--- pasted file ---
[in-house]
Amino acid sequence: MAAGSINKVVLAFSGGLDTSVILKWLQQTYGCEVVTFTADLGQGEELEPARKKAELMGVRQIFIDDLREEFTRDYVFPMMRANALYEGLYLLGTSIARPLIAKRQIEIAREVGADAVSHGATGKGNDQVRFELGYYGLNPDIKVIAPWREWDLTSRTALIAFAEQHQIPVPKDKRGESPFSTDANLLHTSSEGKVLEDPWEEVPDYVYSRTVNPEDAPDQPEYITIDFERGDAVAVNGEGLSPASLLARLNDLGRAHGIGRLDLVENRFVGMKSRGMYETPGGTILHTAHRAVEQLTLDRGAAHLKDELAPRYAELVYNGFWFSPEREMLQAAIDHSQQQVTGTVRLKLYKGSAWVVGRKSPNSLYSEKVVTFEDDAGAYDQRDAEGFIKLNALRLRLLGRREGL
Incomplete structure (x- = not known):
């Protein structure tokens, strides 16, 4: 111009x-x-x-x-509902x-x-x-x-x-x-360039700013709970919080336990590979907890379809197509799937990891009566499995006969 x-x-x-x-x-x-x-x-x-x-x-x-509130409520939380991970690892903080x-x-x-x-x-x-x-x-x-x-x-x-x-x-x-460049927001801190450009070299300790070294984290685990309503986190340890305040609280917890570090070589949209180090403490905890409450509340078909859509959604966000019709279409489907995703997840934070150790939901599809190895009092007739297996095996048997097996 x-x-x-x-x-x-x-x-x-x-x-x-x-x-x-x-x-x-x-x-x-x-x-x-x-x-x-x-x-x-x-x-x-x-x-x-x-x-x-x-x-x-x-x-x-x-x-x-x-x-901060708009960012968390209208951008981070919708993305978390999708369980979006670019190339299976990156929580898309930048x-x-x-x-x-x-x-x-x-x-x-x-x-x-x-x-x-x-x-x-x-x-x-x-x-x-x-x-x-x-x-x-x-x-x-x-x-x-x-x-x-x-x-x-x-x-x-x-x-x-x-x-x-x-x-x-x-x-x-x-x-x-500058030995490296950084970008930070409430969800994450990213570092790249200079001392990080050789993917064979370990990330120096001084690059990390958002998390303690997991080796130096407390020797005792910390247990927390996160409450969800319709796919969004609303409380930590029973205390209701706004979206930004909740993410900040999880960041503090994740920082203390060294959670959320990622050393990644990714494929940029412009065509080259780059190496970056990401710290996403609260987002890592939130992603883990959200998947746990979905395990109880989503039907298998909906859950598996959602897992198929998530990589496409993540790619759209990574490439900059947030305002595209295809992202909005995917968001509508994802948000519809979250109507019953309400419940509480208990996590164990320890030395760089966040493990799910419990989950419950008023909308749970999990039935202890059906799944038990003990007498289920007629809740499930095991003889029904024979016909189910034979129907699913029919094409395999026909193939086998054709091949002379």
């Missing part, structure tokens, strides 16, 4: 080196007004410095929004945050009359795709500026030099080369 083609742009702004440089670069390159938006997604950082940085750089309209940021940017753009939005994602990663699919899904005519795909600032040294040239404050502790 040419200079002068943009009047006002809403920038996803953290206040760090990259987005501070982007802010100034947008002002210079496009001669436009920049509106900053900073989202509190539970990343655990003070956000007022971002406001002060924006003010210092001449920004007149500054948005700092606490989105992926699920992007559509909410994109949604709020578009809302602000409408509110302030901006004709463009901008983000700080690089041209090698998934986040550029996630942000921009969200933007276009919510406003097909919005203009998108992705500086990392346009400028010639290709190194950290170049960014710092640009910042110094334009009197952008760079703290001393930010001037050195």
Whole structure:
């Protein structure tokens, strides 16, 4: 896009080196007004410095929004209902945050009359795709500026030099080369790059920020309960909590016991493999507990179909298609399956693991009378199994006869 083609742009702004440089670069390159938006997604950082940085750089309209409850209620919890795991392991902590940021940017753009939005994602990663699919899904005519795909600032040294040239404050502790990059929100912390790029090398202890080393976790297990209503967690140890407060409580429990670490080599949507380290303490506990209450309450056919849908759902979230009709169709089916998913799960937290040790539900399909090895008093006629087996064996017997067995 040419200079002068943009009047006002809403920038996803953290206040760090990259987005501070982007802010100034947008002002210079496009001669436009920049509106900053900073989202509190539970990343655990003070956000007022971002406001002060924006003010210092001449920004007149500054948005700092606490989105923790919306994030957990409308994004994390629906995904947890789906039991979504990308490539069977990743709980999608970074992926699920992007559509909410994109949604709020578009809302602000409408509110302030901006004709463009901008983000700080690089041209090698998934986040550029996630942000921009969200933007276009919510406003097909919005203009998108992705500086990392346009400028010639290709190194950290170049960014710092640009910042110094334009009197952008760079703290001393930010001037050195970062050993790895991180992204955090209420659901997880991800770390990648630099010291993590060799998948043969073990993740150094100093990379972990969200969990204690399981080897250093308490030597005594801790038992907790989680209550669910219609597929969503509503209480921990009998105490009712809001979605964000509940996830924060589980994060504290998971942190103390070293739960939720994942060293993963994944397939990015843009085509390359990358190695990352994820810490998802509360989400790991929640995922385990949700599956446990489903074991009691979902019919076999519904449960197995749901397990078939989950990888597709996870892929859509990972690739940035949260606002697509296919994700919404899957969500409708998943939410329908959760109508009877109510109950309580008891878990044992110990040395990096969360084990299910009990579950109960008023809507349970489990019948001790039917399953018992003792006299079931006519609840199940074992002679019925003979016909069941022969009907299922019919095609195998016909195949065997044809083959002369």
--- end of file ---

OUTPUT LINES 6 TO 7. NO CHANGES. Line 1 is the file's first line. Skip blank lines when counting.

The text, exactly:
Whole structure:
């Protein structure tokens, strides 16, 4: 896009080196007004410095929004209902945050009359795709500026030099080369790059920020309960909590016991493999507990179909298609399956693991009378199994006869 083609742009702004440089670069390159938006997604950082940085750089309209409850209620919890795991392991902590940021940017753009939005994602990663699919899904005519795909600032040294040239404050502790990059929100912390790029090398202890080393976790297990209503967690140890407060409580429990670490080599949507380290303490506990209450309450056919849908759902979230009709169709089916998913799960937290040790539900399909090895008093006629087996064996017997067995 040419200079002068943009009047006002809403920038996803953290206040760090990259987005501070982007802010100034947008002002210079496009001669436009920049509106900053900073989202509190539970990343655990003070956000007022971002406001002060924006003010210092001449920004007149500054948005700092606490989105923790919306994030957990409308994004994390629906995904947890789906039991979504990308490539069977990743709980999608970074992926699920992007559509909410994109949604709020578009809302602000409408509110302030901006004709463009901008983000700080690089041209090698998934986040550029996630942000921009969200933007276009919510406003097909919005203009998108992705500086990392346009400028010639290709190194950290170049960014710092640009910042110094334009009197952008760079703290001393930010001037050195970062050993790895991180992204955090209420659901997880991800770390990648630099010291993590060799998948043969073990993740150094100093990379972990969200969990204690399981080897250093308490030597005594801790038992907790989680209550669910219609597929969503509503209480921990009998105490009712809001979605964000509940996830924060589980994060504290998971942190103390070293739960939720994942060293993963994944397939990015843009085509390359990358190695990352994820810490998802509360989400790991929640995922385990949700599956446990489903074991009691979902019919076999519904449960197995749901397990078939989950990888597709996870892929859509990972690739940035949260606002697509296919994700919404899957969500409708998943939410329908959760109508009877109510109950309580008891878990044992110990040395990096969360084990299910009990579950109960008023809507349970489990019948001790039917399953018992003792006299079931006519609840199940074992002679019925003979016909069941022969009907299922019919095609195998016909195949065997044809083959002369």